Holland moved to the United States in 1873 and built a small sub called the Fenian Ram that became a limited success following a test run. It was 22 years later, in 1895 that he received a contract order from the US Navy to build a submarine. His eponymous sub, Holland, was the first successful and practical submarine. Its success led to the US government ordering six more. Further orders came from other leading countries including England.
7. The penalty kick
The penalty kick is surprisingly not as old as the game of football. The invention is credited to goalkeeper of Milford Football Club, William McCrum in 1890, County Armagh.
As a member of the Irish Football Association, McCrum submitted the idea to the International Football Association (IFA). It came up in a board meeting in 1890 before being deferred until 1891.
The public’s initial response was mixed, and the press called it “the Irishman’s motion” as it supposedly went against the idea of a gentlemanly sportsman. Despite this, the penalty kick rule was approved as number 13 in the Laws of the Game a year after its proposal, in June 1891.
8. The binaural stethoscope
The binaural stethoscope was invented by Irish physician Arthur Leared in 1851. The word ‘binaural’ refers to the flexible rubber tubing that links the stethoscope to the earpiece, which allow medical professionals to listen to their patient’s heartbeat.
It was later perfected by George Philip Cammann in 1852 who added earpieces for both ears – it’s been unchanged ever since and remains a common tool for doctors worldwide today.
9. The ejector seat
The idea of seats that propelled pilots from aircrafts has been around possibly as long as aircrafts were able to fly, but it was never possible until James Martin of Crossgar, County Down matured the safety system that made it possible.
James Martin was an Irish inventor and engineer who established the Martin-Baker aircraft Manufacturing Company with his friend and pilot, Valentine Baker. Baker became the test pilot for the pair’s creations.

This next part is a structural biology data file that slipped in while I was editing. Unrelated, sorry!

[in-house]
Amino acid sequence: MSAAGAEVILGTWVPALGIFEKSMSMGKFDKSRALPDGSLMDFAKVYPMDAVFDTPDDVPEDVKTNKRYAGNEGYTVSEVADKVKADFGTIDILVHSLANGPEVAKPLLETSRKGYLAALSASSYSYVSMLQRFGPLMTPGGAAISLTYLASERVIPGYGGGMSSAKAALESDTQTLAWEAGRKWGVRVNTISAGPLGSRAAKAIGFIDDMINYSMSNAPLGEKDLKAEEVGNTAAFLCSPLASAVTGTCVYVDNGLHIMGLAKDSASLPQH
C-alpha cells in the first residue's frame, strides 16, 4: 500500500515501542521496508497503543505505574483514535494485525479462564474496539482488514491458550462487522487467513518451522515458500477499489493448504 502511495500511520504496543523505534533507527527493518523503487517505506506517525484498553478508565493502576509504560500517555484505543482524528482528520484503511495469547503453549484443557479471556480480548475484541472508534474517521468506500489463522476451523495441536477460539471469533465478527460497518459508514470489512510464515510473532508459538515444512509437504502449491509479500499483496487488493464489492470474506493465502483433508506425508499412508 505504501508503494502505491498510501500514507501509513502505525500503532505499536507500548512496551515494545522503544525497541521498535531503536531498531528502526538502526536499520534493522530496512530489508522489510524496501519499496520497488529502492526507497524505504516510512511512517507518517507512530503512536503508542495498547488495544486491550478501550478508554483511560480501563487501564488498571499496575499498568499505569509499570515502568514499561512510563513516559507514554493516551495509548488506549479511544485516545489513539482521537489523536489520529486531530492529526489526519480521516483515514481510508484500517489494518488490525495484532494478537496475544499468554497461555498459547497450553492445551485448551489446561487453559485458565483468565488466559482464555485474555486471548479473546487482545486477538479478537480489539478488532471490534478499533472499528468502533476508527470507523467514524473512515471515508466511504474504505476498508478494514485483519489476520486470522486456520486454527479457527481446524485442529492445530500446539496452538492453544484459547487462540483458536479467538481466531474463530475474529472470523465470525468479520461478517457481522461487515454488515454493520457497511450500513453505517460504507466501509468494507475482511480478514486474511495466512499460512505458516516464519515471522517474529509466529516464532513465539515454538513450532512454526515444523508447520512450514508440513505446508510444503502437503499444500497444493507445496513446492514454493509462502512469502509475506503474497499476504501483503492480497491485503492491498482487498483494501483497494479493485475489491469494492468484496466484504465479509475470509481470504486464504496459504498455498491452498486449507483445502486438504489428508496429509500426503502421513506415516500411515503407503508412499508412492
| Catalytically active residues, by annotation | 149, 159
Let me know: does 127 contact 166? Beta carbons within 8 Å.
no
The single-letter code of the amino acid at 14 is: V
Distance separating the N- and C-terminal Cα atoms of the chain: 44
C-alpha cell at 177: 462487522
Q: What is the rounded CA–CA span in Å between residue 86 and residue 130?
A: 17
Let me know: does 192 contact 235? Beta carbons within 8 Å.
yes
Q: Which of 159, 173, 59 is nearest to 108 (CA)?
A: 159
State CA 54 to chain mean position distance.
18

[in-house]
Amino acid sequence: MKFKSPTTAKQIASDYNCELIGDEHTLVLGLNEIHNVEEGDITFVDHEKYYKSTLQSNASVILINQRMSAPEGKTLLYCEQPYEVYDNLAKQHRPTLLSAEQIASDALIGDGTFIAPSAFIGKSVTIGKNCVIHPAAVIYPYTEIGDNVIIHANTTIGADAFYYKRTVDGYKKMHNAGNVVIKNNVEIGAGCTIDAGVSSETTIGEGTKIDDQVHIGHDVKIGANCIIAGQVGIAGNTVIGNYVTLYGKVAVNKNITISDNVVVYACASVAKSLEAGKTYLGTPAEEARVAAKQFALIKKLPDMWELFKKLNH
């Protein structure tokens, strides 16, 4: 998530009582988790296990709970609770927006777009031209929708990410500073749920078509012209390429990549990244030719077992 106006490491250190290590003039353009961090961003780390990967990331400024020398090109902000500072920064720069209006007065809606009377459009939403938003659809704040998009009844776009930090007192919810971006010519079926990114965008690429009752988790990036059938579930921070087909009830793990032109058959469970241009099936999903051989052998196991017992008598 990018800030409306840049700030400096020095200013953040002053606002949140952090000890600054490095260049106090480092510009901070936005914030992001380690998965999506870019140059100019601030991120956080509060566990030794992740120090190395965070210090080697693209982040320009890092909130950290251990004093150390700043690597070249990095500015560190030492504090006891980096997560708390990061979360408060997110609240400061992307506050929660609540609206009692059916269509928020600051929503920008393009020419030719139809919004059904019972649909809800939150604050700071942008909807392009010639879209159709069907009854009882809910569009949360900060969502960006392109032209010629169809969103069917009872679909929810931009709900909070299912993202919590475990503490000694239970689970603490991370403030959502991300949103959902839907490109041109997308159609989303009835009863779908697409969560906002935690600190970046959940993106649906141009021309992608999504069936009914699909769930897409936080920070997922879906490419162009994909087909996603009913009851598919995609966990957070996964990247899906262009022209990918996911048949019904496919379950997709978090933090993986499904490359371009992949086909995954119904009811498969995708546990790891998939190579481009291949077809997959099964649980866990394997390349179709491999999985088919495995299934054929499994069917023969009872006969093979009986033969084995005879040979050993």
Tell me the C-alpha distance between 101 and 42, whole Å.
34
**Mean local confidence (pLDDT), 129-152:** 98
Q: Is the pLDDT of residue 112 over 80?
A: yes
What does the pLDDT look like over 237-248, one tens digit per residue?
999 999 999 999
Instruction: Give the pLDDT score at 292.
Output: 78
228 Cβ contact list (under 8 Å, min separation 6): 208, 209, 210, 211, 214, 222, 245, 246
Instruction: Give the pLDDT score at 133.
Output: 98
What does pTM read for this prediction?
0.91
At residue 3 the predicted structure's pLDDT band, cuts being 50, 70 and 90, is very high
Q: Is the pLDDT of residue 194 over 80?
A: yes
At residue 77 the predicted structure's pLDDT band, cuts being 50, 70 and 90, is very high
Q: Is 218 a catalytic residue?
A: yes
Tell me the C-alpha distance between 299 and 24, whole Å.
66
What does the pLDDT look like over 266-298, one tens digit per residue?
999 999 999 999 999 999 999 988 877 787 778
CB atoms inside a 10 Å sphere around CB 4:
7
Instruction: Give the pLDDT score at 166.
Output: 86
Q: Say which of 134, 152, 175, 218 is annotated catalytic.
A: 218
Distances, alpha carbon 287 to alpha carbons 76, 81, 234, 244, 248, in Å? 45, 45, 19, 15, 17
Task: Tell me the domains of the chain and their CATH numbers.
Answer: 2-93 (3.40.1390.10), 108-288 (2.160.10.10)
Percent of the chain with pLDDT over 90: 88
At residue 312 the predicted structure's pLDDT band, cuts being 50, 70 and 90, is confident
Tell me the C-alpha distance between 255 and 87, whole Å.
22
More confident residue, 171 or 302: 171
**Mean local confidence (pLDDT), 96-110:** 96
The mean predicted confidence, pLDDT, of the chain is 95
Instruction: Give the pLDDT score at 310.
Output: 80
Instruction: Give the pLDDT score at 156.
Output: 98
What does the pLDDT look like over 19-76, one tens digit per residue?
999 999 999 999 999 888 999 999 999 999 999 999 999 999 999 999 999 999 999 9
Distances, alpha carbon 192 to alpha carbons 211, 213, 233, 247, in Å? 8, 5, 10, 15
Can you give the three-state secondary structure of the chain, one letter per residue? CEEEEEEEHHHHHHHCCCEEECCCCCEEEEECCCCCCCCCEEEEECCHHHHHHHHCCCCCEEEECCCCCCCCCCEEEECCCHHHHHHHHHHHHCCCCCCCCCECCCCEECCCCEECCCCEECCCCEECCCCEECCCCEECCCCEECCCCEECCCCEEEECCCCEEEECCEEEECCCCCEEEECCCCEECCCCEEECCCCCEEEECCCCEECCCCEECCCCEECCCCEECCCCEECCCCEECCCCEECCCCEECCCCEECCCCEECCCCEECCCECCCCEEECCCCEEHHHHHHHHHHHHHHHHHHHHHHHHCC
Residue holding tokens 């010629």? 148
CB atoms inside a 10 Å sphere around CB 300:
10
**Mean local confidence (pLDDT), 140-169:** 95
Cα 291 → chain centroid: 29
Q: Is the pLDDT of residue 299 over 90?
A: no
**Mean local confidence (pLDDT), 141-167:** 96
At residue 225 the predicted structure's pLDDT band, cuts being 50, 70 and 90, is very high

While testing their third attempt for an aircraft design, Baker’s engine seized, forcing her to react and land. During so, she collided with a tree and was subsequently killed.
This deeply saddened and angered Martin. And so, fuelled by his friend’s death, he began his first foray into ejector seats in the late 1930s, making him one of the first engineers of such a device. The first successful ejector seat test occurred in 1946, which set the standard for the modern ejector seat. Since then, Martin-Baker ejection seats became so popular, that they could be found in almost every military aircraft.
Fun fact: Those who have been forced to use said ejector seat are welcomed into the company’s “Ejection Tie Club” and are gifted a lapel pin and tie.
10. Flavoured crisps
It was Irishman Joe ‘Spud’ Murphy of Dublin who invented the world’s first flavoured crisp.
Local man, Joe Murphy opened the Tayto crisp factory in 1954. Having left school at 16, the young lad considered himself a pioneering Irish inventor with an eye for business. He became the first person to introduce several products to the Irish market, including British Ribena to ballpoint pens.
Murphy developed Tayto at 31 years old and with help of Seamus Burke, pioneered a technology that seasoned potato crisps during manufacturing process. The initial three flavours were cheese and onion, smokey bacon, and salt and vinegar.
Tayto remains one of the top 10 selling brands in Ireland today, a country that loves crisps.